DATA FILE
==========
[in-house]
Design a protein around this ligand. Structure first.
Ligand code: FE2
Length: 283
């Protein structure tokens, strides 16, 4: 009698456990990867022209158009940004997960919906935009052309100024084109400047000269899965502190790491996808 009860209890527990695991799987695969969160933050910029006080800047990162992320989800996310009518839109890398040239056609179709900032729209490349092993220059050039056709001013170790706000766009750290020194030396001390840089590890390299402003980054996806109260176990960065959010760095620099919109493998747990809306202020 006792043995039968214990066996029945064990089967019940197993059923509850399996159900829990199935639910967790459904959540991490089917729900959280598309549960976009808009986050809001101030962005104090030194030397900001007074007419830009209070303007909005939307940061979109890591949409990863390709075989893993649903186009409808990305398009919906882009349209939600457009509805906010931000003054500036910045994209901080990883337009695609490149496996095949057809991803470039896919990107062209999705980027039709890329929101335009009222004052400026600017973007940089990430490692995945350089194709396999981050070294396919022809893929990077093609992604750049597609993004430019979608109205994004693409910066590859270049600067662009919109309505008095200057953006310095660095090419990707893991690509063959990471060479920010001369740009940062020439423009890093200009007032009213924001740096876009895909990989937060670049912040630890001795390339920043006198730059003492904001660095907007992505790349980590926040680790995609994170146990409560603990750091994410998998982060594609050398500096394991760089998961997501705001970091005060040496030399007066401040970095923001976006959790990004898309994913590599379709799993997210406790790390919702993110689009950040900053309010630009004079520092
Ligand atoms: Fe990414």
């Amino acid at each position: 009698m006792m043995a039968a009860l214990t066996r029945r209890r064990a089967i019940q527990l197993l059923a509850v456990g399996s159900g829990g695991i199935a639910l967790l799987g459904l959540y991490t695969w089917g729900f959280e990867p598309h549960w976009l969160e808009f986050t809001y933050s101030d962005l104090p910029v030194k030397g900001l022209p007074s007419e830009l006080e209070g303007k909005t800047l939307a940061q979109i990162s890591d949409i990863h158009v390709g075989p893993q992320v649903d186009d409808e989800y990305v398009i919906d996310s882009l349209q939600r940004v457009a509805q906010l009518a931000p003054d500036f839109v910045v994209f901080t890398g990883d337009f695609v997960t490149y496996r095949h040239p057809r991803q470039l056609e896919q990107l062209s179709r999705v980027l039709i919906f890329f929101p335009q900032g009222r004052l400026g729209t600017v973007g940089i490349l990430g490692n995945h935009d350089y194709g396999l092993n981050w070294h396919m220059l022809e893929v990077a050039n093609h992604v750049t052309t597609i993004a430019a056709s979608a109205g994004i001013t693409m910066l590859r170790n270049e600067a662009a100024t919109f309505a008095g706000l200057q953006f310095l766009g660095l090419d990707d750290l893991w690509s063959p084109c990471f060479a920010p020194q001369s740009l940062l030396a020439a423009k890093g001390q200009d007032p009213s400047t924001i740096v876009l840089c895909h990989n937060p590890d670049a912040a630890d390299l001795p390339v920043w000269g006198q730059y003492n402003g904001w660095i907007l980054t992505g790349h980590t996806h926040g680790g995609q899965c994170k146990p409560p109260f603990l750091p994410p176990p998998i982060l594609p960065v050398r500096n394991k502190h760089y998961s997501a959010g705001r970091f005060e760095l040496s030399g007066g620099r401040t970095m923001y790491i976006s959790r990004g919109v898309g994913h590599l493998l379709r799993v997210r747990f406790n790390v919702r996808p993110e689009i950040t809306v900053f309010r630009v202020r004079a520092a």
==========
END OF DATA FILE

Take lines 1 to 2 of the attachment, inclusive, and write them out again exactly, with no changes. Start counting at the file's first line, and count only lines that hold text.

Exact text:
[in-house]
Design a protein around this ligand. Structure first.